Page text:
Thursday, 25 September 2008
As Rufus and I continued on the bothy Molly embarked on a mushroom self education mission. There are hundreds of strange species around at this time of year, growing on everything from tree stumps to gravel, and our staple, if indulgent, diet of chanterelles was getting monotonous. Each day she retrieved a basket of bizarre fungi and persuaded their insect occupants out of them, then they were either dried or fried or avoided depending on their scariness. This monster was identified as a birch boletus and therefore fell into the fried category and was actually pretty tasty.
All the photos used on the blog, on the website and lots more from about the place are on the Inshriach Flickr page.
Tuesday, 23 September 2008
Sunday, 14 September 2008
A kindly neighbour had a hedge trimmer available so he came round this morning with his brother in law, a Swiss German gent, and some safety signs with suitably Germanic syntax and we sorted the long beech hedge along the road. Such unprompted acts of generosity have been an unexpected and amazing feature of the last year.
This afternoon Rufus and I are back to the bothy, which, as of yesterday, has a new window and a door (reconstructed out of last week's salvage) in what was previously a windowless workshop with only legless chairs, spare slate and a thick stench of creosote.
Friday, 12 September 2008
With the house now finished the bothy is getting an overhaul. In our usual Borrowers style we are spending nothing on it so every time I drive past a building site or a refurb I swing in with some unusual barter. This week a 1950s house was being pulled down and in exchange for 4 slices of cake we lightened their skip to the tune of the floor, the windows, some joists, bits of bathroom and a smashed conservatory. Over this weekend Rufus, Molly and I are cunningly transforming our haul into doors, walls, window frames and a raised bed.
Monday, 8 September 2008
An exceptionally lovely and talented bunch of people came from across the country for a big birthday party this weekend. By Thursday the house was full and by Saturday the roasting pit had benches around it, steps in the dry stone walling and a table fashioned from a slate pig salting slab. We drove a stake through a whole lamb and feasted through Saturday night, partied our way through Sunday night and now, Monday afternoon, some signs of normality are returning.
Thursday, 4 September 2008
Bob and Miranda had seen a video on youtube of folk fishing for razor clams. You pour salt into little pits on a beach, the clams pop out, you then grab them by their slippery invertebrate bodies and work them out of their holes. We headed north to Findhorn (about 45 minutes) to see if it would work for us. We arrived just after high tide armed with a spade and salt from lidl and wandered the beach leaving little white mounds as the tide raced out. Not a single clam poked out but that was of little consequence as the most astonishing sunset stretched out across a huge soft sandy beach, then half a dozen inquisitive seals came to see what we were up to and we wound up the evening with haddock and chips in the Kimberley Arms, which, in an oddly broad sounding awards scheme, had been voted one of the 'Hundred best things in Rural Scotland'.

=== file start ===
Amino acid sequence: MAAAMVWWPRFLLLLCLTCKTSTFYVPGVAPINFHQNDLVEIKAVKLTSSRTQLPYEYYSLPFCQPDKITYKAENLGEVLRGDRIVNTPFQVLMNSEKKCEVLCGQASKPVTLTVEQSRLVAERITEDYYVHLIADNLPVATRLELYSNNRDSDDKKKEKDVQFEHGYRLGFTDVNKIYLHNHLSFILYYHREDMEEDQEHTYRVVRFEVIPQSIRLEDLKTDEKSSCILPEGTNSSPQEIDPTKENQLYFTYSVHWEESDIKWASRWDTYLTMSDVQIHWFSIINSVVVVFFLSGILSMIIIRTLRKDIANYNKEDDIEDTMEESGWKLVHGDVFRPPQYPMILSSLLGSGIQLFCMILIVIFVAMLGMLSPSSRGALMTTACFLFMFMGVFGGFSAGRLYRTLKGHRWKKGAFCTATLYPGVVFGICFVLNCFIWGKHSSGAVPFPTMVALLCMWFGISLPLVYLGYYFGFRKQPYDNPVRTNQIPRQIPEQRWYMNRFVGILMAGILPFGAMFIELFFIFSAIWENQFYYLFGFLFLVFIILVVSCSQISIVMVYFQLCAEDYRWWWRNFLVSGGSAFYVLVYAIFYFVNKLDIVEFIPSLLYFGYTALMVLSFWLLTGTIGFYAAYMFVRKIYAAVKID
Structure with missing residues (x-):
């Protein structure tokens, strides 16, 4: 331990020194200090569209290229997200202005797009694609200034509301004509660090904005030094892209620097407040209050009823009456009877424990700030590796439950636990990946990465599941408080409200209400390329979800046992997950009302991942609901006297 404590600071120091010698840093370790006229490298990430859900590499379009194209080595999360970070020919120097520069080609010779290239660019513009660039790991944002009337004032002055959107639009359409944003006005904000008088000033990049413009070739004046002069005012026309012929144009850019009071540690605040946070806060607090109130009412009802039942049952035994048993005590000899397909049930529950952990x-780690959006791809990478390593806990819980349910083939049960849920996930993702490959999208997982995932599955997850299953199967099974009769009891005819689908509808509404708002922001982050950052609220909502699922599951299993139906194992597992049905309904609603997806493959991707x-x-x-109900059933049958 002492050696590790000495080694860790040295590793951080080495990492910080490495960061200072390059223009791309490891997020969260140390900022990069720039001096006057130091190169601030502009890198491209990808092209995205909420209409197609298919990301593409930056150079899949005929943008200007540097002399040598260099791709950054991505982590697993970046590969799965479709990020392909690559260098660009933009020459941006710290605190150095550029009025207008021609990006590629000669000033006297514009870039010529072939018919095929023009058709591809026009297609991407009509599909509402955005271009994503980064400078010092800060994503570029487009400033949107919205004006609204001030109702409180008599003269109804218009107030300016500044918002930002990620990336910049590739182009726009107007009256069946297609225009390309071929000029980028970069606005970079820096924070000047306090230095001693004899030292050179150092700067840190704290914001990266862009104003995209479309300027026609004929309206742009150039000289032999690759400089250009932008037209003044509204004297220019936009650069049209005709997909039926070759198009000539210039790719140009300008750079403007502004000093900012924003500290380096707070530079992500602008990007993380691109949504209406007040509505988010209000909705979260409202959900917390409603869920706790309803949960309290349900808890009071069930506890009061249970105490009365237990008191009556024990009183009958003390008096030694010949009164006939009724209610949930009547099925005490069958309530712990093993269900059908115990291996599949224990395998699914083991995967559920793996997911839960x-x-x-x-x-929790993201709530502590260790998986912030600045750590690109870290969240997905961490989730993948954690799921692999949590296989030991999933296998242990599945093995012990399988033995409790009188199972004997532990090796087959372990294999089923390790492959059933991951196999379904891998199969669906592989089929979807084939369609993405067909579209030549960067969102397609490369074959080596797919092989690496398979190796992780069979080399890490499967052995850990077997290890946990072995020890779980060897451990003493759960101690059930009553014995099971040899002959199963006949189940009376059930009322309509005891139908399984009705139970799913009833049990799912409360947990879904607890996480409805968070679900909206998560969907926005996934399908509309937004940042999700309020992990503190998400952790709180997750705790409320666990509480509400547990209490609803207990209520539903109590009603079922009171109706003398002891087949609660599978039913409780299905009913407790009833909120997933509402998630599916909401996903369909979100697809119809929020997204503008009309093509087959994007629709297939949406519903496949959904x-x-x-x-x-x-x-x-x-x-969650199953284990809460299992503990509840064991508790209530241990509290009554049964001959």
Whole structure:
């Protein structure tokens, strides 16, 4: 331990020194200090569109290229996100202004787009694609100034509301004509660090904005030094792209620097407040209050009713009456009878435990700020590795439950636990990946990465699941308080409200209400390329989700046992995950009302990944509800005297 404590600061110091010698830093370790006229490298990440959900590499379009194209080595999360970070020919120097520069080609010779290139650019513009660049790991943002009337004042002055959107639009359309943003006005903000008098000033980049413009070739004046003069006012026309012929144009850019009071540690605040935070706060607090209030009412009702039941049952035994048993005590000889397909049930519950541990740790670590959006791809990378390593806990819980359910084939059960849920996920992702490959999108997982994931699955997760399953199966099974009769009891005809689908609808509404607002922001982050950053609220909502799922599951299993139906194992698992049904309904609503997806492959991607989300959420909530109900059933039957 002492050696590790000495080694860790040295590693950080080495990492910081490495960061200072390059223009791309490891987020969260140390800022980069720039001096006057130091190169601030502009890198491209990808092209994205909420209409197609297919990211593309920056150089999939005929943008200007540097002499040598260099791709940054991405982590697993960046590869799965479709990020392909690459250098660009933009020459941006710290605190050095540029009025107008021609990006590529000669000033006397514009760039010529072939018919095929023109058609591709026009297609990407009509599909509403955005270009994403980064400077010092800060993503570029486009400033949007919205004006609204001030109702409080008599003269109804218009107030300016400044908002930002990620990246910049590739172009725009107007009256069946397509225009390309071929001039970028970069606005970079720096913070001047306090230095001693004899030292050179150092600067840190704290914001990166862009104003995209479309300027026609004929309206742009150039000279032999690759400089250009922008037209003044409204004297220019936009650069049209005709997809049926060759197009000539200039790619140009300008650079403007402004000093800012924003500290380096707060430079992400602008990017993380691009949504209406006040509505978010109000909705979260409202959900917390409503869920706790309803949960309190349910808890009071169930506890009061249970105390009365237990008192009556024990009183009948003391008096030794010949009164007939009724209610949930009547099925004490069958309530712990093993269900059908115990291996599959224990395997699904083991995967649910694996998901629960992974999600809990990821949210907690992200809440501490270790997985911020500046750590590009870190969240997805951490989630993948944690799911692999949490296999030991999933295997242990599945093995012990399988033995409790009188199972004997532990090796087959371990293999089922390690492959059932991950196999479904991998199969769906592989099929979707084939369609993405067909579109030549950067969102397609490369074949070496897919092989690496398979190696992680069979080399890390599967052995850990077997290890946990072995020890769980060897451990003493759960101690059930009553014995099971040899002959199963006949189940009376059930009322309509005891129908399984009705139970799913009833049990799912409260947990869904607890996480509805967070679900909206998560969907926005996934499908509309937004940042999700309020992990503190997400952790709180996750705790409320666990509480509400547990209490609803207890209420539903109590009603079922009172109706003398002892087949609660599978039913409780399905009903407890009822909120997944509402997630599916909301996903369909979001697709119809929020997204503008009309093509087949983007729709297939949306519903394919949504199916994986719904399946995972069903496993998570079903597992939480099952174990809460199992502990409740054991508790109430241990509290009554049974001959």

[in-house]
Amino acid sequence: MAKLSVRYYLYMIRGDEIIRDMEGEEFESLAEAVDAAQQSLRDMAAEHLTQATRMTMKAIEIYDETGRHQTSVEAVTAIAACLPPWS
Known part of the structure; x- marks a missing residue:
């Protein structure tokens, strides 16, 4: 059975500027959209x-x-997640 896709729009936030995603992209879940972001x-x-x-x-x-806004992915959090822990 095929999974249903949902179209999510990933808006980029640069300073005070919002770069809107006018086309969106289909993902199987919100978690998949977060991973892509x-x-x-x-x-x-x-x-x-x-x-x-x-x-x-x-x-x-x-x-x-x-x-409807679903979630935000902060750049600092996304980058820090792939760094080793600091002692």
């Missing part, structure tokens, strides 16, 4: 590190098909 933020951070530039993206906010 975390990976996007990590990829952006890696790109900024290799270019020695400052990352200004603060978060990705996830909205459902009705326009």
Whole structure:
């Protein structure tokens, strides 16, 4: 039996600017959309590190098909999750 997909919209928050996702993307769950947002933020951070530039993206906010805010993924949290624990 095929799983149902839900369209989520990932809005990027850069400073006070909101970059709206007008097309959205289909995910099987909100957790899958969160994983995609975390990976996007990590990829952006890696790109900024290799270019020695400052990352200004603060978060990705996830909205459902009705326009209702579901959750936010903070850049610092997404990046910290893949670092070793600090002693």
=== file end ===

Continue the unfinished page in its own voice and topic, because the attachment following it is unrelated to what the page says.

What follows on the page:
Wednesday, 3 September 2008
Thursday night saw the last of the gutters back onto the house and a mad cross country dash to make Oban in time for the first dance of the Argyllshire Gathering. The great and the good, the suited and booted of Scotland turned out for two nights of reels, champagne and extravagant sporrans. Thanks to everyone at Achnacloich for their hospitality, late breakfasts, tight reeling and for the stay in their splendidly potty baronial house overlooking Loch Etive.
Then it was home for a clean shirt and off to Pitlochry for the McKerrow birthdays and a third straight night on the dancefloor. Despite getting back to Aviemore at 3am Jonny was still on the river and had 2 excellent sea trout to show for his persistence. This is his 4th visit this year, he has postponed his train twice and he now knows the river so well he might have to become a ghillie rather than a guest.
Now the excellent Captain Bob is back, with Miranda in tow, so a week of moderate constructiveness is on the cards. We have an unknown number of revellers descending for a birthday extravaganza this weekend.
Monday, 1 September 2008
After 2 weeks of cleaning, 2 dead angle grinders, a dozen wire brushes, 9 kilos of putty, 18 litres of paint and a selection of natty safety wear
the gutters are finally back on the house. We matched the original grey from a flake, replaced a lot of the soffits, taught my mum how to drive a telehandler, endured rain and wind and the house now looks fantastic and doesnt drip on you outside the back door.
The trade off for our watertight house has been the desecration of the croquet lawn. It was always challenging, lacking the careful attentions of groundsman and roller but now, after a 10 ton JCB has zigzagged its way along the length of the house, I should alter the website to say we have a croquet set.
Huge thanks are owed here to Angus who runs Spey Building and Joinery, quick on the draw, kindly on the bill, we couldn't have done it without him.